The Right Coast
January 05, 2005
The Rights of Adoptees and the Law of Unintended Consequences
By Gail Heriot
The Associated Press ran a story earlier this week on a new law in New Hampshire that allows adults who were adopted as children complete access to their birth records. The story is told in a way that is sympathetic to the adoptees and their often long efforts to learn about the circumstances of their birth. And that sympathy is entirely appropriate; it's easy to feel for them and their plight.
I am not certain how I would have re-acted had I been an adopted child. Would I want to know who my birth parents were? Or would I prefer not to know? Occasionally, one reads about the extraordinary birth moth er child reunion--like the one involving Joni Mitchell and the child she gave up before she became famous. But the typical case may be a lot less happy. The odds that the birth parents were drug addicts, mentally ill, or in trouble with the law are not insubstantial. In the end, it may be better to nurture a fantasy that your mother was a Canadian folksinger on her way to stardom (or a Martian, as the little boy who grew up in my neighborhood when I was a child liked to claim) and concentrate instead on your adopted parents.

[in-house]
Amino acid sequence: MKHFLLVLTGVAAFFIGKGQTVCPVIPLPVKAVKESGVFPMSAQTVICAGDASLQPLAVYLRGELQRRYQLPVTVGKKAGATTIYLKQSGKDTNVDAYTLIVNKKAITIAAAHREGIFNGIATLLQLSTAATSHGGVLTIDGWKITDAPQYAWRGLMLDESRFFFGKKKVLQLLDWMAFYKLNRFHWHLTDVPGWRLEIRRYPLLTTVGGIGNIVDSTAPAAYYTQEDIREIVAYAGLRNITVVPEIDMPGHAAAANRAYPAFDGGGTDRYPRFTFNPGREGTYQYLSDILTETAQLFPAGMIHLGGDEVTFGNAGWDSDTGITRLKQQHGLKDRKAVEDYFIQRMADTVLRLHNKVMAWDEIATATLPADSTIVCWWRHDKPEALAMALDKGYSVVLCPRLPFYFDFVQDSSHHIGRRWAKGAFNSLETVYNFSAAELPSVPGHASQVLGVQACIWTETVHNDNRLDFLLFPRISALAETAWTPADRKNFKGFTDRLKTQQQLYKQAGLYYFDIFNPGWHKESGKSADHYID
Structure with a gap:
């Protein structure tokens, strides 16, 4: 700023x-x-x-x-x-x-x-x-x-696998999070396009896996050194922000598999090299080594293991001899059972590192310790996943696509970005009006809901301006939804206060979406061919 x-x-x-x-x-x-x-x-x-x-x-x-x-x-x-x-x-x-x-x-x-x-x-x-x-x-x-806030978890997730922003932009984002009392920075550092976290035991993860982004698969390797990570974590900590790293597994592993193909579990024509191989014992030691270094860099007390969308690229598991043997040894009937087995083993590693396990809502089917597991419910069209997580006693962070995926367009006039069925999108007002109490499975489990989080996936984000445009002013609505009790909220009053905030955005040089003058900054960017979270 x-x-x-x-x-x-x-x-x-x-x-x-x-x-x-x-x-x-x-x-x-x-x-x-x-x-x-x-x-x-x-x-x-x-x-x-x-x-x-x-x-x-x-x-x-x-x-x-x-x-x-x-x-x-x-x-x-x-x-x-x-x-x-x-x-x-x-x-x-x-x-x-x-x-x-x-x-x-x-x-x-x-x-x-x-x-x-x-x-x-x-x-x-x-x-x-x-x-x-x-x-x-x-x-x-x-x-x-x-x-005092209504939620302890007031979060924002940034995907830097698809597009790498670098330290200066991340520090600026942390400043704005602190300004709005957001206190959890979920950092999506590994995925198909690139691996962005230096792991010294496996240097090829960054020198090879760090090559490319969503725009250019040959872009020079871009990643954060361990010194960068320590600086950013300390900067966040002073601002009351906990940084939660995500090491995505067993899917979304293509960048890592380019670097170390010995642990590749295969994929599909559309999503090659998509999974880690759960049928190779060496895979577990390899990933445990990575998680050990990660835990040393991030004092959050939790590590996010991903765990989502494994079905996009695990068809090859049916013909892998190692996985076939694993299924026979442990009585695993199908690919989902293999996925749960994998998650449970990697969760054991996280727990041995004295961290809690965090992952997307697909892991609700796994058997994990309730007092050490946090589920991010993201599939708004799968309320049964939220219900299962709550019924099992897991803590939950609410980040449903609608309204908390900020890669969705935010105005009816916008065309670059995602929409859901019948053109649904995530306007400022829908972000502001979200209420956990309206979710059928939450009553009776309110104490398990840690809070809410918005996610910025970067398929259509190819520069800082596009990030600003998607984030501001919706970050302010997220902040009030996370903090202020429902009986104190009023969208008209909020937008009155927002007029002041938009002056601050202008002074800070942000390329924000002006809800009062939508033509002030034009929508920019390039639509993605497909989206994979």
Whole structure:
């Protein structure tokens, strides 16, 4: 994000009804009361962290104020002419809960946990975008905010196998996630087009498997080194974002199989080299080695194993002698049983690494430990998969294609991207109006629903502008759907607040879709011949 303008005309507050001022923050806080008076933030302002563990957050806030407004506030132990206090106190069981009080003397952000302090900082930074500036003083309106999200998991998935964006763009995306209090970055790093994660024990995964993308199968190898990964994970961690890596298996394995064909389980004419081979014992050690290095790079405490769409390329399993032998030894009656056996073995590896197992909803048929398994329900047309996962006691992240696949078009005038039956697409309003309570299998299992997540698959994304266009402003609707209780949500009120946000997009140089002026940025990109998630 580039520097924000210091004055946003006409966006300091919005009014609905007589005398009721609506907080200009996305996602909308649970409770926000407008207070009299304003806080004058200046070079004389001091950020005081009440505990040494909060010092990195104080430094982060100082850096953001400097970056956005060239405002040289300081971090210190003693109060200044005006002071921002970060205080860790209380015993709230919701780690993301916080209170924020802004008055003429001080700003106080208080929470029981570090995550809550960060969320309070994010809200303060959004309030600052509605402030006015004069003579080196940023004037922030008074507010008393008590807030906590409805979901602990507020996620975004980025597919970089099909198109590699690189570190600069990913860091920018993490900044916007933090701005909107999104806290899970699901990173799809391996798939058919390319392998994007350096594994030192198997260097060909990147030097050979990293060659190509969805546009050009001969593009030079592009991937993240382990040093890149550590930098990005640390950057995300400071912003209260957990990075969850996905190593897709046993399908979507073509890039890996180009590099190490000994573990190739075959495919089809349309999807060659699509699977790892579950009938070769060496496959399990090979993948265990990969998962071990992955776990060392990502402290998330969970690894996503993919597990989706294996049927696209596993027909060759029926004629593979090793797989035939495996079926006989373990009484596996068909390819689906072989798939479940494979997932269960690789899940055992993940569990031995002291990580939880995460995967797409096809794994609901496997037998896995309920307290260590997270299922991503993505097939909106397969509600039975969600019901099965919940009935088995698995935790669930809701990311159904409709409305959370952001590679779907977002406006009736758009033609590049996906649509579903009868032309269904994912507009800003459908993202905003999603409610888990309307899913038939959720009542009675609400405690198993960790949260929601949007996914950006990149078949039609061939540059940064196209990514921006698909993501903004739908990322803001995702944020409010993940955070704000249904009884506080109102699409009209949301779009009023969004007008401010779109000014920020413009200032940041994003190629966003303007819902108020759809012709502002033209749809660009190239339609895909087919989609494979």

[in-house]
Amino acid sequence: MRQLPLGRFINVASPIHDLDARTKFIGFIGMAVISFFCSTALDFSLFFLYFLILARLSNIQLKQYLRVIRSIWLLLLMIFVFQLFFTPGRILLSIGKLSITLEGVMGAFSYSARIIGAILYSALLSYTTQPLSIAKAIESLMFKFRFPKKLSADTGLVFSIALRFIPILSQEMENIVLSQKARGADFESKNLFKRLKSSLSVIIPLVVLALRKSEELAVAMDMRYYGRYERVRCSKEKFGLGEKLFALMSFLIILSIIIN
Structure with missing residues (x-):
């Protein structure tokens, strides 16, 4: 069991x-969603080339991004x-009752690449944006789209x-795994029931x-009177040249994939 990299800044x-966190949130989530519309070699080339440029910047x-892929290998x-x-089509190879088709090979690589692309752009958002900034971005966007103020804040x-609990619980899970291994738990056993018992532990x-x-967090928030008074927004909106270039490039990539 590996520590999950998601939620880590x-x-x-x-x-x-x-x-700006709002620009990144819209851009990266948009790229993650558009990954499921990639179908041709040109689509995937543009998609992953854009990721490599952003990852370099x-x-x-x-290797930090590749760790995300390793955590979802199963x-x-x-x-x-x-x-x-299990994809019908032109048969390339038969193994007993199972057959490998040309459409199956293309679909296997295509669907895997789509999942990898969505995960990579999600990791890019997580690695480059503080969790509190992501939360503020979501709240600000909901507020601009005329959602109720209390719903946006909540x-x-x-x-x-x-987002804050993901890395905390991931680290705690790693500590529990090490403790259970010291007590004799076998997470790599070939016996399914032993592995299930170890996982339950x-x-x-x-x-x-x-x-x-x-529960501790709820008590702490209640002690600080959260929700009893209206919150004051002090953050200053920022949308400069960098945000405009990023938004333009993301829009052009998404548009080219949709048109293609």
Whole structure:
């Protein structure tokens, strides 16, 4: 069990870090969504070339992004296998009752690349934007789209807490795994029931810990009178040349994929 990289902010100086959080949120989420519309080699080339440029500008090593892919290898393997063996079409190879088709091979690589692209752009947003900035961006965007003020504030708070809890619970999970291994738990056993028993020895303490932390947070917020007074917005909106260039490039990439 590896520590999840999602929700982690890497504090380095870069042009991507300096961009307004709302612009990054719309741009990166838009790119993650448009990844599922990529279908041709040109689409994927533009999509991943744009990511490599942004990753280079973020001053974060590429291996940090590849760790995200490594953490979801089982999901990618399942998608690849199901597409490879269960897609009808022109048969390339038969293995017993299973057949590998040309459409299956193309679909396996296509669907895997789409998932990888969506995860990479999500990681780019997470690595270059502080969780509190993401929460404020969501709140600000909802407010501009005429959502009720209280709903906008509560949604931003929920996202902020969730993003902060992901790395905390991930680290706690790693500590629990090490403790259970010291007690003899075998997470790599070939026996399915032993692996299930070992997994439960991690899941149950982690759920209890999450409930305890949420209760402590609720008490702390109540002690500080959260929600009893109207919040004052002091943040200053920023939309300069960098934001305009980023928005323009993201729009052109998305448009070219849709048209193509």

What worries me is whether these new open access laws (the article states that Oregon, Alabama, Alaska and Kansas have similar laws mandating unfettered access) might have some unintended consequences. In the modern world, many pregnant women who believe they are not in a position to rear a child may be on the fence between adoption and abortion. Is it possible that the knowledge that there is no way to prevent the child from eventually learning her identity will tip the balance in favor of abortion? Obviously, I cannot say with anything approaching certainty. But if it does, the victory in New Hampshire for today's adopted children will turn out to be a loss for adopted children who might have been.